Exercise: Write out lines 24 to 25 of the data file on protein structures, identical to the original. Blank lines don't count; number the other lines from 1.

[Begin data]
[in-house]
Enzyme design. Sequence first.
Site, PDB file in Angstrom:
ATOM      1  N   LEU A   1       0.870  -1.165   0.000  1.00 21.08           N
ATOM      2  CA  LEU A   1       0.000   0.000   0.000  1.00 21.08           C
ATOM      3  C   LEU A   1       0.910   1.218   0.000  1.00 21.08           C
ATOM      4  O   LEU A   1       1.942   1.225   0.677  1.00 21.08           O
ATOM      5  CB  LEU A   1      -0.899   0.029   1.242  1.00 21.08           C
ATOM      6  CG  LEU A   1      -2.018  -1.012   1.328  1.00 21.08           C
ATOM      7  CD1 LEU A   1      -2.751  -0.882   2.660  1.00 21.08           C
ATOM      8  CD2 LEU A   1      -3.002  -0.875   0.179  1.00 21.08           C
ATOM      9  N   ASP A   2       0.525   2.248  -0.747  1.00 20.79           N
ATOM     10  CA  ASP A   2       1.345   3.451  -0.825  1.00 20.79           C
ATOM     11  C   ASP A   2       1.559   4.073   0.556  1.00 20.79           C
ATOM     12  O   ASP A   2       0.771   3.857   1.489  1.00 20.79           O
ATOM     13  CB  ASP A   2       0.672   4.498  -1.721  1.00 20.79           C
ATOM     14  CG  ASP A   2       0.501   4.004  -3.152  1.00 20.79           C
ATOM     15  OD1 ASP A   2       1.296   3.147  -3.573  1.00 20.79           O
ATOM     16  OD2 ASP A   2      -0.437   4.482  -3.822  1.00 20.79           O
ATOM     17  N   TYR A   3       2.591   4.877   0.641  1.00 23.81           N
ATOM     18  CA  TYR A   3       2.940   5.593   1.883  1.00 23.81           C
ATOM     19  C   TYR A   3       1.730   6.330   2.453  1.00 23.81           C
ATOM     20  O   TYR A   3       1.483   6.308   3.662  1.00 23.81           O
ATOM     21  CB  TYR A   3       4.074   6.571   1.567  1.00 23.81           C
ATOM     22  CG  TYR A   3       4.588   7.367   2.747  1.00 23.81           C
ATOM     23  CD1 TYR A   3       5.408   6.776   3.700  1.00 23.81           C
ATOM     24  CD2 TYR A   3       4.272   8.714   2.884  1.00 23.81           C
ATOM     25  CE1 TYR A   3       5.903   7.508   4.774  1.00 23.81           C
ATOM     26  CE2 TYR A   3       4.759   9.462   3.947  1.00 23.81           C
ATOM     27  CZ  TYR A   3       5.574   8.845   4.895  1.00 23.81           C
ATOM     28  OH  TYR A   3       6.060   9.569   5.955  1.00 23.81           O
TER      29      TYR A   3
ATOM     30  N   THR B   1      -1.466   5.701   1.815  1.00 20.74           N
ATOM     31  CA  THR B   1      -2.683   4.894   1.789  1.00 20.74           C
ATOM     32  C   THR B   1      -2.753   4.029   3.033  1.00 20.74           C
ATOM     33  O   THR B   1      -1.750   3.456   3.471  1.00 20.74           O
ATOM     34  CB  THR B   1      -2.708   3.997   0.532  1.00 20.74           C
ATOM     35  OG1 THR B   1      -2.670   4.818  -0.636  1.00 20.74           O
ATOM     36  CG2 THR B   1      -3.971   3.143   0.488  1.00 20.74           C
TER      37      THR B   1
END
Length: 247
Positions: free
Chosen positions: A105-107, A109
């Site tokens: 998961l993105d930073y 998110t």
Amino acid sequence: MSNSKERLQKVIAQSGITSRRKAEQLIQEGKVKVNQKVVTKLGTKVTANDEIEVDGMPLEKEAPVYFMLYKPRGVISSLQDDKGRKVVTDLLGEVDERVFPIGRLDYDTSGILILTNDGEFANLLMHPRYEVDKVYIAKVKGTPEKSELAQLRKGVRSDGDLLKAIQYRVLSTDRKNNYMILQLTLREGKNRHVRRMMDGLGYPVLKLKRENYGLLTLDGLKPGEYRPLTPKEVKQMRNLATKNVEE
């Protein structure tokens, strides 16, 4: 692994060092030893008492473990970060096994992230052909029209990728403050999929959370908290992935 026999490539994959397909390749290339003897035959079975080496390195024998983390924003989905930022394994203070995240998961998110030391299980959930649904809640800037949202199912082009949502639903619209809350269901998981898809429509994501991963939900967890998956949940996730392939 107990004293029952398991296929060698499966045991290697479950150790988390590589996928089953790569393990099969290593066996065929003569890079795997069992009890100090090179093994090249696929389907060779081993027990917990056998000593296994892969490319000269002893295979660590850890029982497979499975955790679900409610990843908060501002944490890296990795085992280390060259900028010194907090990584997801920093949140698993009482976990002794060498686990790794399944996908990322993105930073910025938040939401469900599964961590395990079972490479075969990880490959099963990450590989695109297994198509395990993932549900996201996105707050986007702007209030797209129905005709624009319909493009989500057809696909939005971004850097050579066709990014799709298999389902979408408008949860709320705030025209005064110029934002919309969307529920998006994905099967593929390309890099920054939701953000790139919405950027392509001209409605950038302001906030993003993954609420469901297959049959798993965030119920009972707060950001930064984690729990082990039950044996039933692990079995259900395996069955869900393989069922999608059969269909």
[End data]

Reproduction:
ATOM     21  CB  TYR A   3       4.074   6.571   1.567  1.00 23.81           C
ATOM     22  CG  TYR A   3       4.588   7.367   2.747  1.00 23.81           C